Crowdfunding for art in nature to discuss climate change

Date of news: 15 July 2021

The natural landscape between Kleve and Nijmegen played a central role in the life and oeuvre of one of the most influential and controversial artists of the 20th century: Joseph Beuys from Kleve. Life-sized photographs of the artist placed in this beautiful lower Rhine region should offer viewers the opportunity to critically 'read' climate change in the landscape and get inspired to think about art as a key to an ecologically sustainable future.

Enclosed between Nijmegen, Beek, Millingen aan de Rijn and the German city of Kleve, lies a unique, cross-border natural landscape with expansive views. In this area, called De Duffelt, the German artist Joseph Beuys (1921-1986) developed an intimate relationship with nature. It was there that he created his first works, organised exhibitions, dealt with personal crises and made lifelong friends. 'Yet the importance of this area for Beuys' life and work has never been fully recognised’, says Frank Mehring, professor of American Studies at the Radboud Institute of Culture & History (RICH). ‘With our project, we want to introduce families, students and citizens to Beuys and what he stands for in an innovative way.’


Joseph Heinrich Beuys grew up in Kleve and Rindern. In 1941 he passed the gymnasium exam and then volunteered to join the German Airforce. After the Second World War, Beuys chose art. From 1947 to 1951 he studied sculpture at the Düsseldorf Art Academy. For Beuys, art and life were inextricably linked. According to him, every person could be regarded as an artist and every action as a work of art. His ultimate goal was the social Plastik: society as a work of art.

Joseph Beuys
Joseph Beuys. Photo: Gerd Ludwig


Frank Mehring’s ambition is to place seven impressive photos by Beuys in the landscape between Kleve and Nijmegen. Those photos were taken in 1978 by the German-American photographer Gerd Ludwig, for an item about Beuys in the German weekly Die Zeit. Beuysland, as the art installation in the landscape will be called, is part of the German-Dutch project ‘Art & Climate Change'. People from Radboud University, the Hochschule Rhein-Waal, the ARENACUM museum and the Freundeskreis Museum Kurhaus & Koekkoek-Haus work together in this project. A crowdfunding campaign has now been launched to raise 8,100 euros to make the realisation of Beuysland possible.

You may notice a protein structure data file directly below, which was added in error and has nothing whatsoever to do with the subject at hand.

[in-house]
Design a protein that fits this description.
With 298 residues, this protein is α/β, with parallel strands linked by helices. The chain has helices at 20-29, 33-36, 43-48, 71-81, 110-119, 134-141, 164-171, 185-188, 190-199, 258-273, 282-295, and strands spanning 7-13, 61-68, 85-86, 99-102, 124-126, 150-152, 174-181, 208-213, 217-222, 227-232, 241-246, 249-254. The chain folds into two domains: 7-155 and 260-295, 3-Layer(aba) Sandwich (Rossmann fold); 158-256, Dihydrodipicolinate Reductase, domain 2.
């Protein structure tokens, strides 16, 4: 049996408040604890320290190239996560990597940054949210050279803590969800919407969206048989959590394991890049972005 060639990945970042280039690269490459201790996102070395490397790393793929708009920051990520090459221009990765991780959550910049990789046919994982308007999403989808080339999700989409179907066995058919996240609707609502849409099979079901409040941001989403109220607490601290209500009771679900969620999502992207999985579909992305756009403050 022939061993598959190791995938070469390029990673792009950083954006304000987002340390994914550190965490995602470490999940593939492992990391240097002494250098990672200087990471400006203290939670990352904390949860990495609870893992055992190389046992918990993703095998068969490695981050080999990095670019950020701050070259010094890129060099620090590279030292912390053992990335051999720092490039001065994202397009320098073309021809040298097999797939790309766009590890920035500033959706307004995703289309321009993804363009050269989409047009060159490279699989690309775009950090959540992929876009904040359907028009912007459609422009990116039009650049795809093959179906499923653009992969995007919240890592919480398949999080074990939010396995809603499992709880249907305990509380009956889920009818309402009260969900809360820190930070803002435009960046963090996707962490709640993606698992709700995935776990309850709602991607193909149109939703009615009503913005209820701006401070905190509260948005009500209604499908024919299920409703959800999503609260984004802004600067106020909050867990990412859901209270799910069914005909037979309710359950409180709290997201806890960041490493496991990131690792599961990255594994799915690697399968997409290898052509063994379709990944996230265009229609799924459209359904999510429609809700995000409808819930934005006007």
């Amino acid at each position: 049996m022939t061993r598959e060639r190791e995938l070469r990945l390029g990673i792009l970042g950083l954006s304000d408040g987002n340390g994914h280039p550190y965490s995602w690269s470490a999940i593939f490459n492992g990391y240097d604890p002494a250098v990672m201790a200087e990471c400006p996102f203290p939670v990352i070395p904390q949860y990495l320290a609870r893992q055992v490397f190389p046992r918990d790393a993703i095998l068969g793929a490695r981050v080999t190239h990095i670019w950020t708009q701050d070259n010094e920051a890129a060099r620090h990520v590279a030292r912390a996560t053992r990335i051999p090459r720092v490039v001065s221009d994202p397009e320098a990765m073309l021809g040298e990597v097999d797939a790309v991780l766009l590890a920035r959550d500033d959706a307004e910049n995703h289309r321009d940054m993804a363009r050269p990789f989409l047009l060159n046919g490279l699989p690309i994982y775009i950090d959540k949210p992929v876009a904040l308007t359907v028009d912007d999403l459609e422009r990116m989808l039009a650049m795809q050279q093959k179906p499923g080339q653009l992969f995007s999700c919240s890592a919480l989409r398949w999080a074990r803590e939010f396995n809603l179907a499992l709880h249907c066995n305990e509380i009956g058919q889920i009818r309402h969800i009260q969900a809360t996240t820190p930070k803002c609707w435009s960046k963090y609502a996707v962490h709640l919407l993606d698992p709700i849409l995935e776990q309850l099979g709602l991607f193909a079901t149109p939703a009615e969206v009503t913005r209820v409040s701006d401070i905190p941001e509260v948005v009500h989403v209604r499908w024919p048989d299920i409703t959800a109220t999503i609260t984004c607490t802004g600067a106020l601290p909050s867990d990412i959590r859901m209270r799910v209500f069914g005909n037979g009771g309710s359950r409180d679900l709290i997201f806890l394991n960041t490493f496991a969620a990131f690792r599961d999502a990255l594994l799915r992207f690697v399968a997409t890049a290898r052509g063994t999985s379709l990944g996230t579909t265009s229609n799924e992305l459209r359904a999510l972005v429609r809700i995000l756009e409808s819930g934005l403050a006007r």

The photos bring Beuys into contact with the environment of his childhood, exactly in the places where they were taken about four decades ago. Mehring: 'The photographic art installation invites people to go out into nature with Joseph Beuys. By being physically present at these locations, spectators can critically view the landscape and the changes in it.

Climate Change

By 'critical viewing' Mehring refers to the subject of climate change. According to the researcher, Beuys' photos are ideally suited to discuss this subject. ‘Joseph Beuys – who was also involved in the founding of the Green Party in Germany – argued more than four decades ago that ‘only art will enable us to solve environmental problems’, Mehring says. ‘Nowadays, we are confronted with graphs and charts to illustrate the need for adjustments in our behaviour. Such information campaigns have so far not been very successful. Art can be, by bridging the gap between science and citizens.'

Project team Beuysland


In addition to the art installation in the landscape, the team wants to develop a digital app and website with maps, artworks, videos and audio that connect to a bike ride through Beuysland. The interactive app provides background information about the three storylines Beuys & Nature, Beuys & Art, Beuys & Biography. The website will become an educational tool for teachers, students and citizens about art & climate change. Mehring: ‘This project brings people together through art. It can inspire us to think about the world we live in, how to preserve it and how art can help us find new ways to change the way we live.'

The production costs of the aluminum posters, framing, placing in the landscape and the photographer's license costs amount to € 8,100 in total. A crowdfunding campaign has been launched to raise that amount. You can donate via: